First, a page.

Coronavirus has derailed the travel industry, but that doesn't mean people aren't still looking to get away. Vrbo President Jeff Hurst told Business Insider that…
Richard H. Fulton, a liberal Democrat from Tennessee who in the 1960s and ’70s was one of the few Southerners in Congress to support the Civil Rights Act, the Voting Rights Act and Medicare, and who as mayor of Metropolitan Nashville oversaw the city’s growth, died on Nov. 28 in Nashville. He was 91.
His death, in a hospice care center, was announced by Richard Riebeling, a longtime friend and a former chief operating officer of Nashville.
Mr. Fulton was first elected to the House of Representatives in 1962 and left in 1975, near the end of his seventh term, when he was elected mayor. During his mayoralty, which ended in 1987, he was also president of the United States Conference of Mayors and the Tennessee Municipal League.
As mayor, Mr. Fulton helped spearhead the approval of the Nashville Convention Center, a downtown park on the banks of the Cumberland River, and development along the river and elsewhere downtown.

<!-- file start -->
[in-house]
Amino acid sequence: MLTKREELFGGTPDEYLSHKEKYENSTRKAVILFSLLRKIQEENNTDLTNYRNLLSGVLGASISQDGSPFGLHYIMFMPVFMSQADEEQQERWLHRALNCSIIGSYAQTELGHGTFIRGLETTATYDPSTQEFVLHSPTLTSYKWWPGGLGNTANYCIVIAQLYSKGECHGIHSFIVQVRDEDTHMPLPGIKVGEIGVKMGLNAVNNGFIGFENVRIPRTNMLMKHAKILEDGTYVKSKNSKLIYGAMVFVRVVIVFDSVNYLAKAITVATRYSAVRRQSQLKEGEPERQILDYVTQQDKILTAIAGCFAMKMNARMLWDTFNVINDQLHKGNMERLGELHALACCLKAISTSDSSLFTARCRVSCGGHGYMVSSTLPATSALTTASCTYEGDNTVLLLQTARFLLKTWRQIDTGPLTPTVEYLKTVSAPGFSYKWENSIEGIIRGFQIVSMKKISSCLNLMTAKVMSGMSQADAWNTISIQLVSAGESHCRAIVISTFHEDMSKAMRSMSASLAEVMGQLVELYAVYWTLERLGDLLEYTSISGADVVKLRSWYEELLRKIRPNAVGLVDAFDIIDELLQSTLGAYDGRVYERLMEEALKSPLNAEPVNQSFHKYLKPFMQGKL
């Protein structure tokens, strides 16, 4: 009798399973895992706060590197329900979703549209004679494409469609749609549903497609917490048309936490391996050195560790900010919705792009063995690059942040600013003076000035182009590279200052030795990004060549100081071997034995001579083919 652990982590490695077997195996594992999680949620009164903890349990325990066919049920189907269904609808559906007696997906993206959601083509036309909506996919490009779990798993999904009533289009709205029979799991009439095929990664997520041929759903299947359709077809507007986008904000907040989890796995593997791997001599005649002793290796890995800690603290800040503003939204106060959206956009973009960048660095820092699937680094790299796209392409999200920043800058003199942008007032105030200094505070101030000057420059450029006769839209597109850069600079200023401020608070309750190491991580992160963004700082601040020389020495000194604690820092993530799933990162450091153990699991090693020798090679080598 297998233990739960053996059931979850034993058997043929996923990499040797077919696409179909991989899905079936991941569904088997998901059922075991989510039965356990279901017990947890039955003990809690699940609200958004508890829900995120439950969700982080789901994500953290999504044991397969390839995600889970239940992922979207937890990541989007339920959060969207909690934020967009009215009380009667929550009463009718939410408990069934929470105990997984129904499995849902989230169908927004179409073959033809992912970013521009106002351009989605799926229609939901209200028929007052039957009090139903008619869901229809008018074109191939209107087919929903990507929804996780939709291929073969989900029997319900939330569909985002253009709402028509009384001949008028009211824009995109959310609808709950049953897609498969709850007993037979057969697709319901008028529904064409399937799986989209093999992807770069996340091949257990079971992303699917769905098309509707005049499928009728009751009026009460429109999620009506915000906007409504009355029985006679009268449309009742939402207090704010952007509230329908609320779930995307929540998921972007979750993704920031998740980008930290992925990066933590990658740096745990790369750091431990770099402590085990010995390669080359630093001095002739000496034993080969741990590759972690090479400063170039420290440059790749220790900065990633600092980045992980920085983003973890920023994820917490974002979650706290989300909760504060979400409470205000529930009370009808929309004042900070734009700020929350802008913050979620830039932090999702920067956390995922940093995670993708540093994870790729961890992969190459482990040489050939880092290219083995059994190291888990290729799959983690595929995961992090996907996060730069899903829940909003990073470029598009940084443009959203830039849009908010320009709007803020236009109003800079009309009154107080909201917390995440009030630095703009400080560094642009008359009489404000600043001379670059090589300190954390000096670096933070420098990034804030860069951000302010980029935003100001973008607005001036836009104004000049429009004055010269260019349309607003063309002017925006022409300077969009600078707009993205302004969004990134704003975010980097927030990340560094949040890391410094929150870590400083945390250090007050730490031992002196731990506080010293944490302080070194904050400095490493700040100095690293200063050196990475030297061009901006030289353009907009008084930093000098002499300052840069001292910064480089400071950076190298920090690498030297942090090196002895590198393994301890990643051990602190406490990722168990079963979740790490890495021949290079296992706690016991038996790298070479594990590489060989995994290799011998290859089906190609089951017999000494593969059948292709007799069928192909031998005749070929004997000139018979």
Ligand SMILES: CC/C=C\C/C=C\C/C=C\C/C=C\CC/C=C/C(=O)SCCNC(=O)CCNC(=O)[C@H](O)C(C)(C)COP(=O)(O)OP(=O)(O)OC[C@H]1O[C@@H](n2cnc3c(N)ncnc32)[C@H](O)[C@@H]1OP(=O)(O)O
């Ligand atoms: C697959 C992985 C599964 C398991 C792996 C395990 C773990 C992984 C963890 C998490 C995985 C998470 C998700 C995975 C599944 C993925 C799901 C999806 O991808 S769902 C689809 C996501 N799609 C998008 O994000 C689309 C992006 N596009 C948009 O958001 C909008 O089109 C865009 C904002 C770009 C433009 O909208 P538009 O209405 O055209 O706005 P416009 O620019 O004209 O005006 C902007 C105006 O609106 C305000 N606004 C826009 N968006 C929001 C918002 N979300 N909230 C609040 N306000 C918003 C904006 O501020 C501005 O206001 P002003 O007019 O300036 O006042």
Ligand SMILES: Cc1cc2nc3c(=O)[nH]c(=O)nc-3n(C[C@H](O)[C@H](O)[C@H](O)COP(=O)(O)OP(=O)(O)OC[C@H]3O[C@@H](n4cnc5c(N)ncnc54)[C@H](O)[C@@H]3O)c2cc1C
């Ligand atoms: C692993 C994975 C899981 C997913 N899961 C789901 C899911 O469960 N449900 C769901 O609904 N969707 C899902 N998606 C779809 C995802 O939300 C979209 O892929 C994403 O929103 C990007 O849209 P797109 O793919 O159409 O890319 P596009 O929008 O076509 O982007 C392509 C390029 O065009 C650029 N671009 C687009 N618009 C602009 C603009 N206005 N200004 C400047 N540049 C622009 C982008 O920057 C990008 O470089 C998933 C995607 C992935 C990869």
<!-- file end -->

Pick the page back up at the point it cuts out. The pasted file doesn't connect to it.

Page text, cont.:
Richard Harmon Fulton was born on Jan. 27, 1927, in Nashville. He attended the University of Tennessee and served in the Navy before running for the State Senate in 1954, replacing his brother, Lyle, who had died shortly after receiving the Democratic nomination. Richard Fulton was elected and sworn in, but because he was below 30, the minimum age for senators under the state constitution, the Senate unseated him.
He won again in 1956 (he was sworn in a few weeks before his 30th birthday) and 1958. He briefly left politics to pursue a career in real estate but ran for Congress in 1962.After winning a hard-fought Democratic primary, he was elected to his first term.
Mr. Fulton ran for governor of Tennessee in 1978 and again in 1986, but lost in the Democratic primary both times.
After leaving politics, he helped found the Bank of Nashville and worked in his family’s real estate business. He attempted a comeback in 1999, running for mayor again, but lost to Bill Purcell.
In October 2011, a complex of city offices was named in his honor.
Survivors include his wife of 48 years, Sandra (Ford) Fulton.
On Twitter, Mayor David Briley of Nashville said that Mr. Fulton “helped make modern-day Nashville what it is” and “helped America live up to its promises by creating new freedoms with his votes for civil rights, voting rights, health care and fair housing in Congress.”
The New York Times contributed reporting.
Source: Read Full Article